Australia’s lawmakers on Tuesday and Wednesday approved legislation that aims to boost the quality of financial advice on offer in the country by setting new minimum qualifications for advisers, and establishing a new Code of Ethics that advisers would be obliged to comply with from 1 January 2020.
Australia’s Association of Financial Advisers (AFA) said the enactment of the Corporations Amendment (Professional Standards of Financial Advisers Bill 2016) would pave the way towards greater recognition of financial advice as a profession, while also improving consumer perception “and ultimately [the] take up” of financial advice.
Under the proposed legislation, from 1 January 2019, new advisers must pass an exam, be degree-qualified, and be supervised during their first professional year by a registered financial adviser. There are also new requirements for existing advisers, including the need to comply with the new Ethics Code, which will be set by a new Professional Standards Body, and to successfully pass an exam by 1 January 2021, and attain degree equivalency by 1 January 2024.
The need for advisers to to actively engage in “ongoing professional development” is also called for.
Australia’s minister for Revenue and Financial Services, Kelly O’Dwyer, sponsored the legislation. She told Australian media that repeated examples of inappropriate advice have eroded consumer trust in Australia’s financial advice industry, which she noted acted as a hurdle to consumers seeking financial advice.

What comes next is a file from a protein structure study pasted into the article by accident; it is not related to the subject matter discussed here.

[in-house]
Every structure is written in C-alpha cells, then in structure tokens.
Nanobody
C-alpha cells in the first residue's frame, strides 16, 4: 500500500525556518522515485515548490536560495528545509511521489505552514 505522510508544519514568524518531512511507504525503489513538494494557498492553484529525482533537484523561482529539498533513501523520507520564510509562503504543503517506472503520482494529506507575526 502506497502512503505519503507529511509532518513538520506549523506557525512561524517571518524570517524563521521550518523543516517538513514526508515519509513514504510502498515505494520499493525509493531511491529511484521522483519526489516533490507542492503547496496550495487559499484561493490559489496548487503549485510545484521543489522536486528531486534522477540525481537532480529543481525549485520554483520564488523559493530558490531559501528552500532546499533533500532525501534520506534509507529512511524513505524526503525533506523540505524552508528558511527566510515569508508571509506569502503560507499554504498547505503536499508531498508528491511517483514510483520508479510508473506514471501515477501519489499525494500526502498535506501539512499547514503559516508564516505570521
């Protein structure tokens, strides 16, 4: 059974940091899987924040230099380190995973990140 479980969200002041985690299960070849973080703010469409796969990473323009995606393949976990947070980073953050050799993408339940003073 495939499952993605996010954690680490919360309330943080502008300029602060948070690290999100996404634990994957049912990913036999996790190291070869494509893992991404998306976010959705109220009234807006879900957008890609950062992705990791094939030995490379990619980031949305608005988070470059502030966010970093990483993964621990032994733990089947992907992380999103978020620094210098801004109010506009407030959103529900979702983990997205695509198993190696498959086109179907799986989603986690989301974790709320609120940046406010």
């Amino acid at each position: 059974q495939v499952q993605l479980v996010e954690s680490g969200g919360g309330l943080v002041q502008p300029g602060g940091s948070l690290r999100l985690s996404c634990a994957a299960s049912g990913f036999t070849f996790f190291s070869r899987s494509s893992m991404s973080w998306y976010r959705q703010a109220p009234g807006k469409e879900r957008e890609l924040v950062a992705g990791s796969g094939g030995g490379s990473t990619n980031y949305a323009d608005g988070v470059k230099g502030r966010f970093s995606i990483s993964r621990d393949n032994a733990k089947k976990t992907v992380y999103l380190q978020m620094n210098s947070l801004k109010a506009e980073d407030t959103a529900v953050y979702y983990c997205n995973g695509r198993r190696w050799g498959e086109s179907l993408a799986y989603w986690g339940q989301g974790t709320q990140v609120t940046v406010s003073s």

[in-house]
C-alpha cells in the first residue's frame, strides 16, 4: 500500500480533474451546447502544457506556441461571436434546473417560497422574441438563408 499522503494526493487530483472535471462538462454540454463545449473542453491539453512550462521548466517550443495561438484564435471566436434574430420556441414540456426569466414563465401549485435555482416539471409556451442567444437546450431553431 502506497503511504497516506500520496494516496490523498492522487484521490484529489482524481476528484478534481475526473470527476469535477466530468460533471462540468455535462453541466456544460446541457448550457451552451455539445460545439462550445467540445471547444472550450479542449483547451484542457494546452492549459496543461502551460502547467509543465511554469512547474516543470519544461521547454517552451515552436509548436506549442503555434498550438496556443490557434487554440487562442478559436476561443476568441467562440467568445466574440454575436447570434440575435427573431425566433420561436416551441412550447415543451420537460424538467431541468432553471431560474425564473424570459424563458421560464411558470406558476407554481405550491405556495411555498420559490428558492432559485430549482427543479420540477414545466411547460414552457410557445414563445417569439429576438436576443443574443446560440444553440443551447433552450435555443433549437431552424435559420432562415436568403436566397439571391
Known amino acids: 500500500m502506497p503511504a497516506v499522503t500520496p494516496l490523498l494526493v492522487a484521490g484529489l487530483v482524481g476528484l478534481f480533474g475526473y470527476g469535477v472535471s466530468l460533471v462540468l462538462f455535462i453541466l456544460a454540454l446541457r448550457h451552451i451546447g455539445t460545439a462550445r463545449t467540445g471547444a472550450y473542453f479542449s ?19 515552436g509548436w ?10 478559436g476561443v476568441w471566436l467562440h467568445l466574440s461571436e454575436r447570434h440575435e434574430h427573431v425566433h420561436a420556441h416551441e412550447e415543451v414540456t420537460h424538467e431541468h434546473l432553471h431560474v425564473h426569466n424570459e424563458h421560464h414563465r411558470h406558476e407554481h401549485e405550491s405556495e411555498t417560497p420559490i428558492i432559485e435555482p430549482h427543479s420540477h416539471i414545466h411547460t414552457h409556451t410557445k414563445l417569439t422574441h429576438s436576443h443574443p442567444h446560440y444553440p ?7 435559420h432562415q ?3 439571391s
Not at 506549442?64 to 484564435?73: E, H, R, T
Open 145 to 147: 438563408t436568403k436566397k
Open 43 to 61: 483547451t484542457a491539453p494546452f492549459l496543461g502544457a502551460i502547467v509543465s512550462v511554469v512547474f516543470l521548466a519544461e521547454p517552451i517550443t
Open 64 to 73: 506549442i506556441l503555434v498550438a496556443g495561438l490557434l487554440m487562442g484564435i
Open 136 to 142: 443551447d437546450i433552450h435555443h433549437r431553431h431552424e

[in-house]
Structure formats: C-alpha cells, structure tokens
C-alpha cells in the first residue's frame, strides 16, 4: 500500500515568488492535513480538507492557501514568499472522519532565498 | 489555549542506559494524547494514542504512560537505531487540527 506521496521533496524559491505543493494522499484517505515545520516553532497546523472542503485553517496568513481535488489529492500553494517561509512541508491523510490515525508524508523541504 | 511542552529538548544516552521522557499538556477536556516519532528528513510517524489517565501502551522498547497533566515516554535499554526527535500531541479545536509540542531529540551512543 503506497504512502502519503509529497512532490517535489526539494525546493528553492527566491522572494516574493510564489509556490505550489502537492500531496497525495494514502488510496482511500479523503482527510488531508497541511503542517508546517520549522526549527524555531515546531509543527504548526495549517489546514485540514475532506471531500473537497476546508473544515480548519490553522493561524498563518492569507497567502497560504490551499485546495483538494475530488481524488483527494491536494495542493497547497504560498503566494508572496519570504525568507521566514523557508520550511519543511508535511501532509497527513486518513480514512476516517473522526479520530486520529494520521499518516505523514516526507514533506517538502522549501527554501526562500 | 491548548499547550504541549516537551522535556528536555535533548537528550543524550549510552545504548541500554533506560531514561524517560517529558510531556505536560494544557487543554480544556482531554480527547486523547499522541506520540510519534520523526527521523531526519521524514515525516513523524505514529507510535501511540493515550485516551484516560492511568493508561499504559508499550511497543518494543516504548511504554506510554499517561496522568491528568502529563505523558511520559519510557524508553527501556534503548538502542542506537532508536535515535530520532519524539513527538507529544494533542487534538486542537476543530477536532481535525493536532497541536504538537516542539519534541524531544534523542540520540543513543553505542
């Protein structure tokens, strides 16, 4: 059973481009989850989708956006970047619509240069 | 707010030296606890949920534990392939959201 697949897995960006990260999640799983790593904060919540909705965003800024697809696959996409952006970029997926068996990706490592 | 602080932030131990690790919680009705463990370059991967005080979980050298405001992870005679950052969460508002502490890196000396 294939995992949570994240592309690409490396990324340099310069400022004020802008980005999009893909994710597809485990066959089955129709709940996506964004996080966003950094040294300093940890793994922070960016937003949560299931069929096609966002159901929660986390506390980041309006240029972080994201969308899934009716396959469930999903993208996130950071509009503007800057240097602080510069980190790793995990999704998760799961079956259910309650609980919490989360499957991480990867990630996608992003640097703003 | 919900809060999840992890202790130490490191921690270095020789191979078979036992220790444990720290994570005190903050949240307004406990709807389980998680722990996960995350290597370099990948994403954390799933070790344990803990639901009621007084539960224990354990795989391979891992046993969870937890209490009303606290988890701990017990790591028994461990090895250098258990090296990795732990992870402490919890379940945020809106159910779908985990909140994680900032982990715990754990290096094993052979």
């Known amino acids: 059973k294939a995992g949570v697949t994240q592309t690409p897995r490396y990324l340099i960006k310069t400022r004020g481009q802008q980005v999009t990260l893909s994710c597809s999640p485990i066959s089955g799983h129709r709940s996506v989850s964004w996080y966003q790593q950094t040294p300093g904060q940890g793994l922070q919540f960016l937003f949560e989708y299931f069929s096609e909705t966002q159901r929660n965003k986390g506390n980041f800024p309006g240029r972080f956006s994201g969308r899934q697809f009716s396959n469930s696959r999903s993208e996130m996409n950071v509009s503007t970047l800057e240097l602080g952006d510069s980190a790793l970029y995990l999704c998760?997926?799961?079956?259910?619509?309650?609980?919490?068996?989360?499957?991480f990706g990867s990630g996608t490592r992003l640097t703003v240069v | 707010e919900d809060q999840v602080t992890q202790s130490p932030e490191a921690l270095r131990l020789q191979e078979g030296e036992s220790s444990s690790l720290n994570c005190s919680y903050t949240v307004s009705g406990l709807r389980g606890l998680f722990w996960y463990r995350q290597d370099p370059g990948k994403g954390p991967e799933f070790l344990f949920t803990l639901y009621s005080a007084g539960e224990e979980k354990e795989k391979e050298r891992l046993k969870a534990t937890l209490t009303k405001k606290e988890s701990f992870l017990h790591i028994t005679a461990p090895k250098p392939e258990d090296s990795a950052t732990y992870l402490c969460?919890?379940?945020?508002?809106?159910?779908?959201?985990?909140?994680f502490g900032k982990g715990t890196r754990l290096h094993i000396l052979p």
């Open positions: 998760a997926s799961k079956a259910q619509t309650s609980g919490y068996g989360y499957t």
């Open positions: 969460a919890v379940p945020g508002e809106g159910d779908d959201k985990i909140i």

Once the final text of the bill is agreed by both houses of Australia’s Parliament, it goes to the governor-general for final approval.
News of the bill’s progress was greeted with some disgruntlement by established Australian financial advisers, some of whom, in comments on Australian trade press websites, said they didn’t believe the legislation would solve the problem of bad advice and out-of-pocket investors. A few wondered whether it might be time to set professional standards for Australian Parliamentarians.
One such commentator, who identified himself only as Stewart, for example, posted the following comment on the ifa.com.au news website: “Now there is only one other group that should be forced to pass an exam, demonstrate their experience, and get a degree – Politicians.”
Australia has been cracking down on poor quality financial advice for more than six years, in response, some media commentators have noted, to a series of publicised scandals, in which investors lost money. The country’s so-called Future of Financial Advice (FoFA) reforms, signed into law in 2011, were among the first investor protection laws globally to include a ban on the use of commissions as a means of paying for financial advice, and have often been likened to the UK’s Retail Distribution Review regulations, which were brought into being around the same time.
In 2014, following the election of a new government, the FoFA rules were reviewed, and there was talk of making changes that were seen as potentially watering them down, including talk of changing or eliminating its version of the US Fiduciary Rule, which in Australia is called the Best Interests Duty rule. This rule has survived, however, and last year the Australian regulator began to enforce it for the first time.